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CCSD trustees take on school violence in Clark County

Updated March 11, 2022 - 6:29 am

The Clark County School Board heard a presentation Thursday night about school violence — a topic that has been drawing community concern amid fights on campuses.

On the meeting agenda, the information-only presentation was labeled as regarding “a safe learning and working environment.”

Superintendent Jesus Jara said he doesn’t tolerate what’s happening to students and staff with violent acts and that the district will take action.

Children also cannot be in the streets, he said, noting the importance of community services.

Jara said he’s meeting with high school principals next week as they requested.

The district has to address the needs of children, as well as staff safety so they’re able to teach, he said.

This week, Desert Oasis High School was locked down on two consecutive days. On Thursday, multiple fights resulted in the arrest of a man and a juvenile, and nine juvenile citations.

Last month, a video posted online showed a student at Las Vegas High School — who was cited for battery — punching a classmate multiple times during class.

The School Board voted 4-3 last month to request a presentation about school violence for Thursday’s meeting. Trustees Katie Williams, Lola Brooks and Evelyn Garcia Morales voted “no.”

Some trustees said last month the motion was too broad or unclear. And many said they wanted to see community meetings scheduled on the topic.

Board officers will meet to create a proposal for community meetings and that plan is slated to come to the full board March 24 for a possible vote.

During a presentation Thursday, school police Chief Henry Blackeye said the department’s motto is “prevention before apprehension” and that the Clark County School Justice Partnership fits well with that.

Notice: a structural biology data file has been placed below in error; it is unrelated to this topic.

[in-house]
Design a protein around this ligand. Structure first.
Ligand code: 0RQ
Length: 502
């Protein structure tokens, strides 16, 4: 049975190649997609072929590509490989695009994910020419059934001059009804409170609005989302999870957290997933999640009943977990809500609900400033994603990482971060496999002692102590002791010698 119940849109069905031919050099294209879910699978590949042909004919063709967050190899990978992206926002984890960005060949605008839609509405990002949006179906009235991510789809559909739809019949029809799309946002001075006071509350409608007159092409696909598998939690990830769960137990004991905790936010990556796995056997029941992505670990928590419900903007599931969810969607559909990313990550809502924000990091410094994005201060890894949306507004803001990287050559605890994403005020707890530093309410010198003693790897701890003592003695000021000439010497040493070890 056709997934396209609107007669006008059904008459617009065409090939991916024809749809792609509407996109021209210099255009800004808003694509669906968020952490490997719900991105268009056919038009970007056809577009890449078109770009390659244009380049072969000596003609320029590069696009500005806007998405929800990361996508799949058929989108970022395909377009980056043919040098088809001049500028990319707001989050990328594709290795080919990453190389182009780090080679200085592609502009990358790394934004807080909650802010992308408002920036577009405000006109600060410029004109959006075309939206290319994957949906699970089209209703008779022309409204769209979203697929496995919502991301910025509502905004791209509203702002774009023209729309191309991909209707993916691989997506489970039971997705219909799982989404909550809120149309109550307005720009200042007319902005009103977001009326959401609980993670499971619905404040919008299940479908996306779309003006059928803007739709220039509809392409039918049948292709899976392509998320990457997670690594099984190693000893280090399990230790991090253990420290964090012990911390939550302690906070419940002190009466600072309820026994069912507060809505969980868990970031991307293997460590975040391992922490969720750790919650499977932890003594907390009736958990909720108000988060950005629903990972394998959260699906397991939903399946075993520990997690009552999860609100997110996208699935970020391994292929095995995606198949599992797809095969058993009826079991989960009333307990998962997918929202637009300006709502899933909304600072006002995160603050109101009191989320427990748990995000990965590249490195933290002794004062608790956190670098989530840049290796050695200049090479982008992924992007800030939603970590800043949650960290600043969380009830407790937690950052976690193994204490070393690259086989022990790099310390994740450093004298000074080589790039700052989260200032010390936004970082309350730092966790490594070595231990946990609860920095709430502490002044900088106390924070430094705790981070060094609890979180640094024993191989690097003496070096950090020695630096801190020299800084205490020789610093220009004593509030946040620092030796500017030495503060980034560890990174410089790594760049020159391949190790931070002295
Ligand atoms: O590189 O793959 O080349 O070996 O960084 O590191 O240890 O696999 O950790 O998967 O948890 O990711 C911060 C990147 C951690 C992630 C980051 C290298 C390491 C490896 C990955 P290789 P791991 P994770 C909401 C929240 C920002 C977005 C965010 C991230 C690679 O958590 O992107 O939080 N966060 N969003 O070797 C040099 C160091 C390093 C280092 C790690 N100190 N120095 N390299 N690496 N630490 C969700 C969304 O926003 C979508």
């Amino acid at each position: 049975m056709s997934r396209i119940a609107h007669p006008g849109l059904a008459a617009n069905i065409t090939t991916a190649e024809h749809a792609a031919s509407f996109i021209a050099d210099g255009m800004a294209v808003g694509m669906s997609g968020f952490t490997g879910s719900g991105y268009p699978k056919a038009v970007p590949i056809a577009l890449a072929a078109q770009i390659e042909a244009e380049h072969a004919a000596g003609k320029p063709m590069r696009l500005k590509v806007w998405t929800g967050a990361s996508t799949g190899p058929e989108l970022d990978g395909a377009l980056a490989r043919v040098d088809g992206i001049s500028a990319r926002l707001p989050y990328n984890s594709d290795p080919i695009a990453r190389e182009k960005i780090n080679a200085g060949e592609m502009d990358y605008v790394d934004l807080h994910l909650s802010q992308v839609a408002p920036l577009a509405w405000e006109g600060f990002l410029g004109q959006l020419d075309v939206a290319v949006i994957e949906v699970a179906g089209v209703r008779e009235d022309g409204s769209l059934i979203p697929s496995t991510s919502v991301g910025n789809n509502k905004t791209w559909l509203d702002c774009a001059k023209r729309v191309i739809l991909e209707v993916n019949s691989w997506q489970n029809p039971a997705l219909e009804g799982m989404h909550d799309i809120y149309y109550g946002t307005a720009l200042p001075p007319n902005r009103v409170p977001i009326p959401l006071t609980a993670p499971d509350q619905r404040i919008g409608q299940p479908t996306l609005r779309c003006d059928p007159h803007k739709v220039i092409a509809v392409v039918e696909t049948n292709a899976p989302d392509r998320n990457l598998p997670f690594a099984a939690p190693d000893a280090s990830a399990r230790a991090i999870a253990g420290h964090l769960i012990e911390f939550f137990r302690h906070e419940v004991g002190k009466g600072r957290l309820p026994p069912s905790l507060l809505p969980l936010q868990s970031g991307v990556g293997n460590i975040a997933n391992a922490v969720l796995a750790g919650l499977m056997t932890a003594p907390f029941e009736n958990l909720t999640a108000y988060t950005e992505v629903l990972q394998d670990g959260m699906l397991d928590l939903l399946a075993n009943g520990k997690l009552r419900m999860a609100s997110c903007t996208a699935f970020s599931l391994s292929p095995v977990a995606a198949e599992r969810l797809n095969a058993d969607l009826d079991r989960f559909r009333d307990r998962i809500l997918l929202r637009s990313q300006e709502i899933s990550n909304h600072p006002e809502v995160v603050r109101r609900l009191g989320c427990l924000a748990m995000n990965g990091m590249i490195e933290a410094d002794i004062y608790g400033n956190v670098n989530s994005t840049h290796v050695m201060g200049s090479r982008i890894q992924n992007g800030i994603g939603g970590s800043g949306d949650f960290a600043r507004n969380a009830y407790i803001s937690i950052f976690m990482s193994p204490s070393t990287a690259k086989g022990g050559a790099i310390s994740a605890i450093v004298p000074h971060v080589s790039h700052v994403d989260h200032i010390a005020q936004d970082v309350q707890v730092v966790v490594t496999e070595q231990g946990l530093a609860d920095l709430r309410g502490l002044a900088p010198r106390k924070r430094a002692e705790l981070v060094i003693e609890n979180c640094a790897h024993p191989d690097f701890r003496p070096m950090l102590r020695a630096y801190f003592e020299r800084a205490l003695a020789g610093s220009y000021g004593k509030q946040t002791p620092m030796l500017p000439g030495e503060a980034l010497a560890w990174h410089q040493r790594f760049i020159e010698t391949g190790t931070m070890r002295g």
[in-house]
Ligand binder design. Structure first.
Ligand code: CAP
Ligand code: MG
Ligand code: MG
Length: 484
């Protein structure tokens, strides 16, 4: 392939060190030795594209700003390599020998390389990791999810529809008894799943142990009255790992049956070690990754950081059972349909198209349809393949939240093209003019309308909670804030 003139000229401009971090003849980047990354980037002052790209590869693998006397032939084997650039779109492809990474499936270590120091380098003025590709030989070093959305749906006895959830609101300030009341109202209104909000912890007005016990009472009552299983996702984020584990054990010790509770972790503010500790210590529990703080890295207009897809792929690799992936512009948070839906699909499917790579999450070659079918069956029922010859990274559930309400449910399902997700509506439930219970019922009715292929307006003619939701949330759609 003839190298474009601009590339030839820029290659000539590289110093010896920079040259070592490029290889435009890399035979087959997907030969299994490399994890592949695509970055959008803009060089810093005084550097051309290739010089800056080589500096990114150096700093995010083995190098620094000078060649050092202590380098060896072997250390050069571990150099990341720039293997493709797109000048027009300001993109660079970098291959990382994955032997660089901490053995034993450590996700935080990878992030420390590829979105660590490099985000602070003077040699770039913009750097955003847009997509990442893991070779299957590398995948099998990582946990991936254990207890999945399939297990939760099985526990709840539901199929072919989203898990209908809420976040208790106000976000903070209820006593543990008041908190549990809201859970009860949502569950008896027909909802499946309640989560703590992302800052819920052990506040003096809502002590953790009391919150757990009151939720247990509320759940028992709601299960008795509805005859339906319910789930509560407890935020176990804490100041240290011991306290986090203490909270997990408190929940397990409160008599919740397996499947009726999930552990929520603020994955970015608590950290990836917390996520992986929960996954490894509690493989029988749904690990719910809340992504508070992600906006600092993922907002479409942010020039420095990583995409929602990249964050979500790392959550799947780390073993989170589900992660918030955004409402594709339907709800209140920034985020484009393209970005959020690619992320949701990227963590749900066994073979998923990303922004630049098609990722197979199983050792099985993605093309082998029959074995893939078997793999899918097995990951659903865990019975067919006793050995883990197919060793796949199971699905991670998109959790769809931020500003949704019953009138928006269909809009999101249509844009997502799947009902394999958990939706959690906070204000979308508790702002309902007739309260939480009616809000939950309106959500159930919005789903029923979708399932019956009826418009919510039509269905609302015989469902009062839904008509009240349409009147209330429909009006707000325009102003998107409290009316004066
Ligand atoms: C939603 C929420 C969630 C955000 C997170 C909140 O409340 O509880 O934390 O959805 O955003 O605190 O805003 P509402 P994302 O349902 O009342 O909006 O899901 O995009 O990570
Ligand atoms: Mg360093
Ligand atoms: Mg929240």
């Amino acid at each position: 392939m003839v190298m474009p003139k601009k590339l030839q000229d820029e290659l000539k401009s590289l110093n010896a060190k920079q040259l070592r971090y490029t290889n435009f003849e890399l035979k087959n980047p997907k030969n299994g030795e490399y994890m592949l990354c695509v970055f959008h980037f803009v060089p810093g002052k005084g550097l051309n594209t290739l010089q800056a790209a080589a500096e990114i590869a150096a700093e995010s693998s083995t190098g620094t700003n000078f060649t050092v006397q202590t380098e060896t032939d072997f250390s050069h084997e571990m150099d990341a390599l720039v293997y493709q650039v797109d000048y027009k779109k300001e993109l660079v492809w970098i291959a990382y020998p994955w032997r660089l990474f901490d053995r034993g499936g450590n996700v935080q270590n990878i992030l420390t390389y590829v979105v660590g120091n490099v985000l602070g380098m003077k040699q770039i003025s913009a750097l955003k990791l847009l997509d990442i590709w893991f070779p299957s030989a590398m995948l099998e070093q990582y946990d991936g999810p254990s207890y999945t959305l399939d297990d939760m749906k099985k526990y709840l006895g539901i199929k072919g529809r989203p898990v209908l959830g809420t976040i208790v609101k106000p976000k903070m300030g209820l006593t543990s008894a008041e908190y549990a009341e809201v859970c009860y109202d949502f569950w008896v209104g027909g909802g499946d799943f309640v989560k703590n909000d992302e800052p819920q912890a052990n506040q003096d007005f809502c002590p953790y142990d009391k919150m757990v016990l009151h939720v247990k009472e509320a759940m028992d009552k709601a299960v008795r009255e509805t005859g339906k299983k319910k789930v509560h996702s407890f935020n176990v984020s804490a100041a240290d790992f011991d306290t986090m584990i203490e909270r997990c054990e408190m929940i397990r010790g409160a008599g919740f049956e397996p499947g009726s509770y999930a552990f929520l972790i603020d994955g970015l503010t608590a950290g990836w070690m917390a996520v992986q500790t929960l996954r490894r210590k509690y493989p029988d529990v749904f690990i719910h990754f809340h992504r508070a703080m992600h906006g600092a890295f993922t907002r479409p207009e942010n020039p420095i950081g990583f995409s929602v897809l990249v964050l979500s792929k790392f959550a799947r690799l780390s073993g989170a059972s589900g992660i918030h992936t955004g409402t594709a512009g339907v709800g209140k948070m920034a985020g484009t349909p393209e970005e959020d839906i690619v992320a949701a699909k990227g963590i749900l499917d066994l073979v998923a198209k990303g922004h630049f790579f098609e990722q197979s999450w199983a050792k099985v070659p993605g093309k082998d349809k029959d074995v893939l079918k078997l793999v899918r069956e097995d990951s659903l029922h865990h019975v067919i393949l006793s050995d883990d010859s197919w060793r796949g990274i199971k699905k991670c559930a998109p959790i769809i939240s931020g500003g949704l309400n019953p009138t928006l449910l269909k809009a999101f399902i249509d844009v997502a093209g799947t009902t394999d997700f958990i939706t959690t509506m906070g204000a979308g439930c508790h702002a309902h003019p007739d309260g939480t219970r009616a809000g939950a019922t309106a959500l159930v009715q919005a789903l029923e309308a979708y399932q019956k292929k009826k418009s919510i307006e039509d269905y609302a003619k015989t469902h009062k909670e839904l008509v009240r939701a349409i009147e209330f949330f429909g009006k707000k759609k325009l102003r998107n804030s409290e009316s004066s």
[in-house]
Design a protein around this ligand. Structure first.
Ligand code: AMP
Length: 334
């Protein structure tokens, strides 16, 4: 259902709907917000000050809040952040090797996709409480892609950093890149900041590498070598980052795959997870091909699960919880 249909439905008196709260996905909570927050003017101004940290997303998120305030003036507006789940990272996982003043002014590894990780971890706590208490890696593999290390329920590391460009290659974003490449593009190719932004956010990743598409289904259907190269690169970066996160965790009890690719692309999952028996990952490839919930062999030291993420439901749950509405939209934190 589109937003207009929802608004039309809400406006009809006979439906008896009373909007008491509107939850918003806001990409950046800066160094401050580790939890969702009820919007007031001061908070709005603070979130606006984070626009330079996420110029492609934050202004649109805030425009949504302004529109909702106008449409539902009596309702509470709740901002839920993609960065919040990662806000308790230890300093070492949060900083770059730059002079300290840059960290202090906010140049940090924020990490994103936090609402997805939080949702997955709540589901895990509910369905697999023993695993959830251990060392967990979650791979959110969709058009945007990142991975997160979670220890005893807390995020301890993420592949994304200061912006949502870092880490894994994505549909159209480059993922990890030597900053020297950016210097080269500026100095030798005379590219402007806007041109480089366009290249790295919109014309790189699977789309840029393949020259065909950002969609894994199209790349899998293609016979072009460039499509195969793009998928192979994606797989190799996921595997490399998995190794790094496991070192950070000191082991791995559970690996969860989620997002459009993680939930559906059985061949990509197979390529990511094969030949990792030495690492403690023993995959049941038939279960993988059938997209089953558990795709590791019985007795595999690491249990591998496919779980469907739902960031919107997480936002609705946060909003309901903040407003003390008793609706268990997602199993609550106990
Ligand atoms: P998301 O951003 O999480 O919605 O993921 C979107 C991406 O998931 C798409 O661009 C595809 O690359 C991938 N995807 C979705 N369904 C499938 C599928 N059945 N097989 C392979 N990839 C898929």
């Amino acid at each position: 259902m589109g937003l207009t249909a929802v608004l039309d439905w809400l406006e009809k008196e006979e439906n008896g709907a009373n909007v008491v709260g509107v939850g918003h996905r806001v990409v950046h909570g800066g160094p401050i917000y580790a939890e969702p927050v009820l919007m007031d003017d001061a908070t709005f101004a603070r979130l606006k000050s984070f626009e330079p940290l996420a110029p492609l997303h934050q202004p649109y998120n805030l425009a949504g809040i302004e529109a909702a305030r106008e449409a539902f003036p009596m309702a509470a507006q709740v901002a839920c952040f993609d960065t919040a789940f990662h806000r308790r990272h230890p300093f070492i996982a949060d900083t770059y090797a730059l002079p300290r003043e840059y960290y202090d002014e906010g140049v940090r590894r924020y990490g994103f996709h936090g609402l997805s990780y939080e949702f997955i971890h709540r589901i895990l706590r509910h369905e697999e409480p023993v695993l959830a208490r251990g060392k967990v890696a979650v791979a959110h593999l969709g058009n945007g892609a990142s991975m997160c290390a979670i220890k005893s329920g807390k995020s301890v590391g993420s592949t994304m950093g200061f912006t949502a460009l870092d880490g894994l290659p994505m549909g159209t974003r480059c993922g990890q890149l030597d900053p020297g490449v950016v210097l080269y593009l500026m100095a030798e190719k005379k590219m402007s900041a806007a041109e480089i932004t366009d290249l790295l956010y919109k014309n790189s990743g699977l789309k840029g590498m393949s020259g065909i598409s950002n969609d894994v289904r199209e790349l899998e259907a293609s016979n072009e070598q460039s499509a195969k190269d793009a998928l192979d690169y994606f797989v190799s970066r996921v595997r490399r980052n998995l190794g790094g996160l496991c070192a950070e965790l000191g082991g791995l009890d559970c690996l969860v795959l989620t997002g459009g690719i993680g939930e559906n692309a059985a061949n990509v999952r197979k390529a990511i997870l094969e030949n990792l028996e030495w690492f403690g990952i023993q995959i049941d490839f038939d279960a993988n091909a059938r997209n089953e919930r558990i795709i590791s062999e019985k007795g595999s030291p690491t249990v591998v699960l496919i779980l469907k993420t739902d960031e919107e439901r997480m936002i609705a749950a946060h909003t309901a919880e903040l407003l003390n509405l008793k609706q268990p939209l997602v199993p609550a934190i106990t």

The department has always addressed nonviolent, low-level misdemeanor offenses through alternative means, Blackeye said.

The justice partnership, announced by the district in 2018, aims to keep children who have a minor infraction out of the juvenile justice system by handling discipline through alternative practices.

The purpose is to reduce the school-to-prison pipeline and minimize instances of interrupted education, said Brigid Duffy, co-chair of the partnership and chief of the juvenile division of the Clark County district attorney’s office.

Duffy said what she’s seeing with juvenile cases coming through is the violence is more intense, empathy is lacking and there’s a lack of respect for those in leadership roles.

A lot of what is coming through is a mental health issue, she said.

As for school police, 23 firearms have been confiscated on campuses this school year, according to the presentation.

The department noticed an increase in use of force incidents on campuses and determined it needed to update its policy and provide more de-escalation training to officers, school police Lt. Bryan Zink said.

The department has since seen a drastic decrease in the use of force on students, he said.

This school year, 76 uses of force have been reported. Of those, 51 were pepper spray deployments, two were Taser deployments and the rest were hands on.

Blackeye also said 75 percent of officers have received crisis intervention team training and the goal is to reach 100 percent by the end of the calendar year.

School police received 6,154 calls for service with reports of violent acts from the first day of school Aug. 9, 2021, through Feb. 9, according to online meeting materials.

Of those calls, only about 1,500 resulted in a disposition of arrest, a citation or police report being taken.

This school year, the categories with the largest number of calls were 2,487 for “harassment/threat,” 1,469 for a fight and 1,428 for assault or battery.

Of the fights reported thus far this school year, 32 resulted in arrests and 317 in citations, according to the presentation.

In January, the department received 405 calls for service for violent acts — significantly fewer than previous years. School police received 707 calls during the same month in 2020, 600 in 2019, 484 in 2018 and 710 in 2017.

This school year, the district resumed random weapons searches at high schools, as well as random screenings in classrooms using K-9 units.

Board and trustee comments

Trustee Danielle Ford said she wants to focus on things happening now, citing incidents this week at Desert Oasis, which is in her trustee zone.

“How can we help that school right now?” she said.

Ford said the phrase “rigorous education” was used in the conversation about school violence, but doesn’t think that has any place in the discussion.